From the Sixties to the Present: Sergey Alexandrov’s Collection on Show in Moscow

Units of time. Sergey Alexandrov’s Collection. Exhibition view. Moscow, 2023. Courtesy of Moscow Museum of Modern Art Press Office

Since the 1990s, this former banker has assembled an impressive collection of non-conformist art and has become an authority on artists from the Soviet underground. Three hundred works from his collection are now on view at the Moscow Museum of Modern Art.

When Sergey Alexandrov, a self-taught Russian art expert and collector living in Moscow was approached by MMOMA last year with the offer of an exhibition dedicated to his collection, it spurred him on in the laborious task of creating an inventory of his art collection which has grown to almost 4,000 artworks. Several hundred works of art made their way into the current show filling up a dozen halls in MMOMA’s historical building on Petrovka Street in the centre of Moscow. Together they tell the history of the Soviet underground and contemporary Russian art, seen through a personal and idiosyncratic lens. Each of the twelve halls headlines one major artist from the era, including Anatoly Zverev (1931–1986), Ilya Kabakov (1933–2023), Viacheslav Koleichuk (1941–2018) and Dmitry Krasnopevtsev (1925–1995) with other artists chosen to complement each ‘leader’ It’s a curatorial idea a bit like the musical concept of variations on a theme. The curators have given the largest hall in the museum to female artists, who for decades have trailed in the shadows of their male peers. There you can see works by Varvara Bubnova (1886–1983), Lidiya Masterkova (1927–2008), Rimma Zanevskaya-Sapgir (1930–2021) and Anya Zholud (b. 1981).

We meet at the Association of Art Historians, for whom Alexandrov is a consultant expert these days, in a small room hung top to bottom with paintings, an environment in which Alexandrov feels at home. When I asked how he managed to put together a collection of such exceptional scale and depth, he simply says, “I started at the right time”. In the 1990s the oligarchs were only interested in 19th century realism, fighting at auction in London over landscapes by Alexei Savrasov (1830–1897) and Ivan Aivazovsky (1817–1900). In those days interest in the art of the 1960s was “quite selective”, Alexandrov recalls. “People collected only a few big names and there was no general understanding of this market which exists today”.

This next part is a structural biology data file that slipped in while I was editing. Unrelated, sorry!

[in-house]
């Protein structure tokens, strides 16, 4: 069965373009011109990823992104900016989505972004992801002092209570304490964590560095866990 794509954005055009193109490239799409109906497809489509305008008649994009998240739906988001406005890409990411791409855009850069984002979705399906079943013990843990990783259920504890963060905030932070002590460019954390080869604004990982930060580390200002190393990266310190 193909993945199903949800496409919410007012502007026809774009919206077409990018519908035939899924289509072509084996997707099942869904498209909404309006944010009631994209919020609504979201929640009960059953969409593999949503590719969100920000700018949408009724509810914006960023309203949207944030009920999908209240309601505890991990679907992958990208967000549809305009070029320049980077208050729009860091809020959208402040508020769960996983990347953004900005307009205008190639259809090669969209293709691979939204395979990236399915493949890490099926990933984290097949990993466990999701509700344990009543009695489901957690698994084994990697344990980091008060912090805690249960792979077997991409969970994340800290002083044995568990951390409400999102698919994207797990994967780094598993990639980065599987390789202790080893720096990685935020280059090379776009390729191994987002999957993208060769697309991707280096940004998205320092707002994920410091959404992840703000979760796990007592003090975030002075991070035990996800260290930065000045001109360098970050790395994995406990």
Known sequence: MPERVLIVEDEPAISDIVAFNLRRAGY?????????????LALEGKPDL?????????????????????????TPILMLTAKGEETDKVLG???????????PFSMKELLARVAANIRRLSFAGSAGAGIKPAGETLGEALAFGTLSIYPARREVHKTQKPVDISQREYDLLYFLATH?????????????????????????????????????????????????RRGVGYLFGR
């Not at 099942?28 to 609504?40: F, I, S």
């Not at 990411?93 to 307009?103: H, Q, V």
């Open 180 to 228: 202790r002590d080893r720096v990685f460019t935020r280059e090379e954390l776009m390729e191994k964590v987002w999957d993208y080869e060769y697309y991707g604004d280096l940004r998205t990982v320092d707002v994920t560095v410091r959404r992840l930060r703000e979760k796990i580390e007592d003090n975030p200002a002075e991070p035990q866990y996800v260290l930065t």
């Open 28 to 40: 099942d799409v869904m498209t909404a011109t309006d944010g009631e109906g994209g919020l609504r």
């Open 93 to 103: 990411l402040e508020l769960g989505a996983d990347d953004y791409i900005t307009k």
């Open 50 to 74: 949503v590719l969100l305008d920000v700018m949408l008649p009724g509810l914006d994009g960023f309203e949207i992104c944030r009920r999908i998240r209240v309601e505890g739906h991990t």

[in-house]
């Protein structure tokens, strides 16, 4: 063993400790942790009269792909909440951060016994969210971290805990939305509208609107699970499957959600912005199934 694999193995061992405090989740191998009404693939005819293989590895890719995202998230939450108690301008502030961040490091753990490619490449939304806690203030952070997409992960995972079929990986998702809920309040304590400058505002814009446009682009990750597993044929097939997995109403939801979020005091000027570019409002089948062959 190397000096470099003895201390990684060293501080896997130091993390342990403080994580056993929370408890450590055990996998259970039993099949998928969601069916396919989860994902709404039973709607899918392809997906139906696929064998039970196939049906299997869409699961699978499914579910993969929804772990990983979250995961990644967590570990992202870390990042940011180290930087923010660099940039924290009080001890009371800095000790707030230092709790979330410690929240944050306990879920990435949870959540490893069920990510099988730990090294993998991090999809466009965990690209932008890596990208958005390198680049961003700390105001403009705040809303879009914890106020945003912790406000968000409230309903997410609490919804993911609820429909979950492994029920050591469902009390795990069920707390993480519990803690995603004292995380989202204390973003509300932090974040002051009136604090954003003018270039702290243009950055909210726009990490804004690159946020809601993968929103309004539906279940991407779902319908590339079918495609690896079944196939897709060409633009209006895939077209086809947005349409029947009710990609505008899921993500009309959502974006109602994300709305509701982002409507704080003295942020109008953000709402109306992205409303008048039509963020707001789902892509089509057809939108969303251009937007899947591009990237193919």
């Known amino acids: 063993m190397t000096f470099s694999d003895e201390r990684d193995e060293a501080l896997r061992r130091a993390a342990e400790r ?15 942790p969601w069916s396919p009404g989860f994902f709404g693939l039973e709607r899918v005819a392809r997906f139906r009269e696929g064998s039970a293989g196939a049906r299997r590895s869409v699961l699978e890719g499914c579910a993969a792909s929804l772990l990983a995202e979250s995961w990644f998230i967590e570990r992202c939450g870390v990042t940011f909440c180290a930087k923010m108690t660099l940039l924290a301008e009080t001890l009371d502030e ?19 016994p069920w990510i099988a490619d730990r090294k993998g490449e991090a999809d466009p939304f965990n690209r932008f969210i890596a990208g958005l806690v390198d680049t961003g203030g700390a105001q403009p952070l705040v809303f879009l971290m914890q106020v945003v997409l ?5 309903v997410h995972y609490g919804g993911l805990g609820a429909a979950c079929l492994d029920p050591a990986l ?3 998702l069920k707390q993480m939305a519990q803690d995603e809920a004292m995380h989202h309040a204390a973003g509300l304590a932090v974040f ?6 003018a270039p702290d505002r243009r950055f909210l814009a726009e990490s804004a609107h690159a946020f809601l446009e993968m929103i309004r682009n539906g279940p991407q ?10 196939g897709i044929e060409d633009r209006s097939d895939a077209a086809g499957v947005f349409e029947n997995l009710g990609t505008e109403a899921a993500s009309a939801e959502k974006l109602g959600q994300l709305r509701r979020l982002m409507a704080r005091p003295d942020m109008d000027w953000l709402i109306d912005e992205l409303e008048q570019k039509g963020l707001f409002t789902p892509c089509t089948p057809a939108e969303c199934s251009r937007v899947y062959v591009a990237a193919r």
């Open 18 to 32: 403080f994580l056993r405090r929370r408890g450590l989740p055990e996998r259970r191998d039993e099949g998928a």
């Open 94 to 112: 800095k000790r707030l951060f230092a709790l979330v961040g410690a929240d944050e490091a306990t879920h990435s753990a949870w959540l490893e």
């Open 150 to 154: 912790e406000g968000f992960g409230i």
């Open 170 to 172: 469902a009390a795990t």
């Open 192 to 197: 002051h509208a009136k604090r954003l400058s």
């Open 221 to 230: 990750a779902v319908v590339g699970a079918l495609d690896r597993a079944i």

Alexandrov who studied chemistry and then became involved in the nascent banking industry after the breakdown of the Soviet Union, started out buying works to decorate his Moscow apartment. Many of the artists were still alive and Alexandrov got to know them. “Today we are celebrating 90th anniversaries … and I prepared exhibitions for their 80th birthdays”. He has by now notched up a staggering 40 exhibitions in both Russia and abroad which he has either helped to curate or to which he has loaned works from his collection. Along with art dealers such as Galina Danelia and art historians such as Nikolai Kotrelev, the artists became his guides in the art world which was gradually opening up to him; he found it fascinating. Alexandrov enjoyed a particularly close friendship with kinetic artist Viacheslav Koleichuk and non-conformist painter Vladimir Nemukhin (1925–2016). Koleichuk introduced him to other artists of the Dvizheniye (Movement) group, including Rimma Zanevskaya-Sapgir, who was so overlooked at the time, that her abstract paintings were often hung upside down at exhibitions. Now, as Alexander observes, she has become one of the most sought-after female artists of her generation. “I have helped to place her work into five major collections and now there is a queue of collectors who want to buy her works, but there aren’t any on the market”. Nemukhin was a “godfather of the art world”, Alexandrov smiles, “He knew everybody and organized everything”.

As time passed and he gained in experience, other collectors started to go to Alexandrov for advice, and he eventually made a name for himself as an expert in selected artists, most notably Artur Fonvizin (1883–1973), Anatoly Zverev and Vladimir Yakovlev (1934–1998). The latter two are among the most frequently forged non-conformist artists, he says. “In the 1960s, underground artists sold their works to foreigners, it was a kind of a members club, so fakes were rare. People started producing forgeries as soon as the country opened up during perestroika. Now there are literally thousands of fake works by both of them on the market”.

When asked about the current state of the market for the art of the 1960s, he answers with measured optimism, and notes confidently that good works by the greatest artists of the era such as Dmitry Krasnopevtsev, Oscar Rabin (1934–2021), Oleg Tselkov (1933–2021), Dmitry Plavinsky (1938–2012) are “like bars of solid gold that will never lose their value”. That said, he says he does not tend to think about the value of his own collection, for him the sentimental value is paramount. There are works that for him are particularly special, such as Yakovlev’s 1966 portrait of poet Gennady Aygi or a series of paintings by Vladimir Pyatnitsky (1938–1978). Today his collection keeps on growing and evolving and the twelve halls at MMOMA include many works by artists who are active today, among them Pavel Otdelnov (b.1979), Pavel Pepperstein (b. 1966), Konstantin Batynkov (b.1959) and Dmitry Gutov (b.1960). “I also buy works by young artists from time to time,” Alexandrov says. “But I only do it when I like them, I don’t consider it a venture investment”. There is a sense that the story of Alexandrov’s career that led him from the harsh world of finance to the art world is a novel with a happy ending.

Units of time. Sergey Alexandrov’s Collection

Moscow Museum of Modern Art

Moscow, Russia

23 August – 22 October, 2023

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